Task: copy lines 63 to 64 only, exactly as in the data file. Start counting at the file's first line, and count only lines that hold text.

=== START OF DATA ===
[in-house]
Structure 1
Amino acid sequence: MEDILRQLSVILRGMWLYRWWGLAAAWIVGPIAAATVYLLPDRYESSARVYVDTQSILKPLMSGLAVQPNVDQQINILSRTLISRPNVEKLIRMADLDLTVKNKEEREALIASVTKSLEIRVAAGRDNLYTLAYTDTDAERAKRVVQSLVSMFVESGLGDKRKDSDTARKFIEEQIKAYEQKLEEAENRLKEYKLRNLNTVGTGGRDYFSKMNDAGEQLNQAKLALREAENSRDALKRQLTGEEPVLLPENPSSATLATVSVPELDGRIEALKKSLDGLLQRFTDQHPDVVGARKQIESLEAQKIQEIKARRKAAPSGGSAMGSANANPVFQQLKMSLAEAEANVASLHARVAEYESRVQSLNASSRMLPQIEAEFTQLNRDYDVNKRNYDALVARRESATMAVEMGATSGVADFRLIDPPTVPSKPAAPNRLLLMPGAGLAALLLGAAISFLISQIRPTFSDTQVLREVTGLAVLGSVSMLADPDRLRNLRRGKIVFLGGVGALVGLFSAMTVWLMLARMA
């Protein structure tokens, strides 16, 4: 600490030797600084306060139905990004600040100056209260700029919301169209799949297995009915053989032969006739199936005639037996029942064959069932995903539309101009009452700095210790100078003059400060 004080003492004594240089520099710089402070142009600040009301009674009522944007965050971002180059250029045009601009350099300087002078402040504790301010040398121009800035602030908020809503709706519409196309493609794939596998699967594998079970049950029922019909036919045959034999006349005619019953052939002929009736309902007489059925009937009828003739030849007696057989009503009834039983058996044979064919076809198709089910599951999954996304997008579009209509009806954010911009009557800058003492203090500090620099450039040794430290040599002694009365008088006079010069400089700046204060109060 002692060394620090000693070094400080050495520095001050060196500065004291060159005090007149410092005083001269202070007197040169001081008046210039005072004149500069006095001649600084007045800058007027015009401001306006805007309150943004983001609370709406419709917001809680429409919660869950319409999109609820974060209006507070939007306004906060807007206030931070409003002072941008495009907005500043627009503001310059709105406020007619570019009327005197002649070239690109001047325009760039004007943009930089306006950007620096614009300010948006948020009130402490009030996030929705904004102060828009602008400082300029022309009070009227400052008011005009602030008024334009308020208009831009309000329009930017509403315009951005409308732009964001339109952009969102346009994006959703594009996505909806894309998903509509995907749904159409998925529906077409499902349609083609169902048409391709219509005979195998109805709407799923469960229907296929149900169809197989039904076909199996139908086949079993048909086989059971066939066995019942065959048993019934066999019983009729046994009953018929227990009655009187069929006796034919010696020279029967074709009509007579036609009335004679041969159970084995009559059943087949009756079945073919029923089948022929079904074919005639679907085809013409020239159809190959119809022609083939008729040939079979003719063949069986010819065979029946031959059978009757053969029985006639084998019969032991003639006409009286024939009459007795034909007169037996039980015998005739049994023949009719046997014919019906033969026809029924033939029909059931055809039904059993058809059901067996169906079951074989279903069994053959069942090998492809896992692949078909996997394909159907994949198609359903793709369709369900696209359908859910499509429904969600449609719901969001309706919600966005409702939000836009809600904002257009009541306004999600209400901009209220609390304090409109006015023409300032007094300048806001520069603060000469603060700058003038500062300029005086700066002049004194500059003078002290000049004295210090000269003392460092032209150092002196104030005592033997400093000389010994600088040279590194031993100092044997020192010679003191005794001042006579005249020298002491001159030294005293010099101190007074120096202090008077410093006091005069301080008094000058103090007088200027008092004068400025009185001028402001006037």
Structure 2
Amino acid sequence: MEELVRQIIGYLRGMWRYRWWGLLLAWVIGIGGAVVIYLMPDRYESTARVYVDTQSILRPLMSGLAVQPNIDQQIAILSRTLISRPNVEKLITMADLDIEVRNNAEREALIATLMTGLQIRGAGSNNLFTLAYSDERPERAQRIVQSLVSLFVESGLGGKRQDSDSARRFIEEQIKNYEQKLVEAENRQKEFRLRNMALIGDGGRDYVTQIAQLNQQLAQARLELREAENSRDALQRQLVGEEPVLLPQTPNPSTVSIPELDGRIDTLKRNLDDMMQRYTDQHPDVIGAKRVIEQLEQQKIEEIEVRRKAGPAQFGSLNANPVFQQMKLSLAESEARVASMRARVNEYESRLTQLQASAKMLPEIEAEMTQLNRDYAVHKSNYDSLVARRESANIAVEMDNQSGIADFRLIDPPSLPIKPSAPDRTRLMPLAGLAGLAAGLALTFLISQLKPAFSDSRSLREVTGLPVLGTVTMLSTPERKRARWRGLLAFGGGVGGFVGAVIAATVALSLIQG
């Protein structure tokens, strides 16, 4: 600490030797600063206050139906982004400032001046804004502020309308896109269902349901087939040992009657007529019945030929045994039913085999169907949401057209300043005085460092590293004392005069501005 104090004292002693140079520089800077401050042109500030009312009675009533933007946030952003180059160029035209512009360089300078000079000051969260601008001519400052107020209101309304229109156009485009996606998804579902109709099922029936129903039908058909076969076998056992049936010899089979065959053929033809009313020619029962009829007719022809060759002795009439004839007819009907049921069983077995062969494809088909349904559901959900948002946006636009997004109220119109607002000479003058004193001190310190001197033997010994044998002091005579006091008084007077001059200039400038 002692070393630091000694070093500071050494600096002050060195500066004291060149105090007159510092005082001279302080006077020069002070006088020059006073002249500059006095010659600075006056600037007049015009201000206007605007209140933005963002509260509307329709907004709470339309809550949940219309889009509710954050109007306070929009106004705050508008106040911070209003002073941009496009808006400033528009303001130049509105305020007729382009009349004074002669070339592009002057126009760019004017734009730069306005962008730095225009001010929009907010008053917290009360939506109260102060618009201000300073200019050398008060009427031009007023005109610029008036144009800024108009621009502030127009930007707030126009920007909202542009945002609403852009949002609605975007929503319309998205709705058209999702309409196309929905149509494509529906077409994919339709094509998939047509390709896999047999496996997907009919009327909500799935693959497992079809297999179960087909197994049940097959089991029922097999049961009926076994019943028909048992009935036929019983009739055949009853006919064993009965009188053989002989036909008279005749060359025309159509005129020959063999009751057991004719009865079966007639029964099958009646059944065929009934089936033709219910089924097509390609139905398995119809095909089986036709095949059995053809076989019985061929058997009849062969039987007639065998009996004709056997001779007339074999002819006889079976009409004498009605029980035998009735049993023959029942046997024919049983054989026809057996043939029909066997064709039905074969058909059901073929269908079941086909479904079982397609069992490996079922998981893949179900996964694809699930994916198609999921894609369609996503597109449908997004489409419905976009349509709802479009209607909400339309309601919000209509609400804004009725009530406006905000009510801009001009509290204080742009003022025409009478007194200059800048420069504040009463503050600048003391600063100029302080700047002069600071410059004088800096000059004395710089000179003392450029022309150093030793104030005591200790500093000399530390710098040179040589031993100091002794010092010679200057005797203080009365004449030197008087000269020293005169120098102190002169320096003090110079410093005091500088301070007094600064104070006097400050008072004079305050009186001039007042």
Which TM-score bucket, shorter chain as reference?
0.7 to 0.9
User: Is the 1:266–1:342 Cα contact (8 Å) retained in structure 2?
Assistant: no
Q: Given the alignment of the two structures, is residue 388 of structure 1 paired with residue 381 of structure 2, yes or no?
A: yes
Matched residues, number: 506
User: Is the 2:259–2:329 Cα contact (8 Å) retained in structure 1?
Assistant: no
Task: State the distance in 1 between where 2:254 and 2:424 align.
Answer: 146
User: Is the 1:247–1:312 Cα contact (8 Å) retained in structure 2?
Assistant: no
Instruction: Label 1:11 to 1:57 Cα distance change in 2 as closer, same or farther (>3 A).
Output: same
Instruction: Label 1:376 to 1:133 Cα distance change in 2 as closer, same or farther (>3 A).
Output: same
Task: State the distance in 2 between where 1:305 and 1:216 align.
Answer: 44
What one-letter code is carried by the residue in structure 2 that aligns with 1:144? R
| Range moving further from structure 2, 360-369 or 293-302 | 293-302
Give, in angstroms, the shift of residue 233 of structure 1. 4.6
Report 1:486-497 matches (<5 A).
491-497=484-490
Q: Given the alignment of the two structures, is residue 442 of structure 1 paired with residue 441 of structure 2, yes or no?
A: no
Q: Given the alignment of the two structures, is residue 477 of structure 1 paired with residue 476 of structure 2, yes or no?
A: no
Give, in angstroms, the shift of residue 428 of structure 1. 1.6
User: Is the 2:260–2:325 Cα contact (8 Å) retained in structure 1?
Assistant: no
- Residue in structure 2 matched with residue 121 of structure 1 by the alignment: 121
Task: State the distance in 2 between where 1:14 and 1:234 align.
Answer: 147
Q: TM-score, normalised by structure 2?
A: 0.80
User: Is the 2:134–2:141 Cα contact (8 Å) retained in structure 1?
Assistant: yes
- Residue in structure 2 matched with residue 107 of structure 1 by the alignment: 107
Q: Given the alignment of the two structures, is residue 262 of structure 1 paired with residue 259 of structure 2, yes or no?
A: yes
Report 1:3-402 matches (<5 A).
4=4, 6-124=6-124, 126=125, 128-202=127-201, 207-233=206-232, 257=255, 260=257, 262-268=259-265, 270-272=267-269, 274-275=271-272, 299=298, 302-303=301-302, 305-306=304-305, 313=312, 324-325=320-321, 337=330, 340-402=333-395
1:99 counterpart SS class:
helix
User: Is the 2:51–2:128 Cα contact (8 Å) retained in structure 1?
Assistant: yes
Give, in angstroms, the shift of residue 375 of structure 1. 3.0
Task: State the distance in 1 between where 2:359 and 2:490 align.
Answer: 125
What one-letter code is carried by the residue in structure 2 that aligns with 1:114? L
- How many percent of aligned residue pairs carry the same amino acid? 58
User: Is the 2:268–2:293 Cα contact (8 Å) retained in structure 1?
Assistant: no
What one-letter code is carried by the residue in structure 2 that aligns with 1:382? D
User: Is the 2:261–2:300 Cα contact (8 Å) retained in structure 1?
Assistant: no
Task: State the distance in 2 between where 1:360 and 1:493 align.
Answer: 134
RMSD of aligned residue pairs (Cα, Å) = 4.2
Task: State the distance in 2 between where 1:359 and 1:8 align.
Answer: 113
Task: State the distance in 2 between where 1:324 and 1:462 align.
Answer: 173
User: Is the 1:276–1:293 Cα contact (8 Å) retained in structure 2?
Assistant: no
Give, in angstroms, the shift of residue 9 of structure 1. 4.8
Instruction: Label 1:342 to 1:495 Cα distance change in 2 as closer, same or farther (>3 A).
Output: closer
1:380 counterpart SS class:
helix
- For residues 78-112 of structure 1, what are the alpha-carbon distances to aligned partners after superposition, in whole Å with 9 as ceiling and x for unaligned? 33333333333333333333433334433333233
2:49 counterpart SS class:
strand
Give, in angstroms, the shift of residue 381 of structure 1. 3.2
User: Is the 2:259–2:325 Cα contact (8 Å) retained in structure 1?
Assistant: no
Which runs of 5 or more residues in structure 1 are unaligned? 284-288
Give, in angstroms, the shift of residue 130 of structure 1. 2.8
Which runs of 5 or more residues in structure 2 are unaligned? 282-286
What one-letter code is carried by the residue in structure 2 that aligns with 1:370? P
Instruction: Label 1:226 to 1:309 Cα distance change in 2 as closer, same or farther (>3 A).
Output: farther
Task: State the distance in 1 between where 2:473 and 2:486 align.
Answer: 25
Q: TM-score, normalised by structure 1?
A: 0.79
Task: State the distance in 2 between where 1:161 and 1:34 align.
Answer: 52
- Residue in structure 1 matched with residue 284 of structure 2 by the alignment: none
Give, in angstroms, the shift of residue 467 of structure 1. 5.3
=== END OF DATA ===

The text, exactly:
User: Is the 2:261–2:300 Cα contact (8 Å) retained in structure 1?
Assistant: no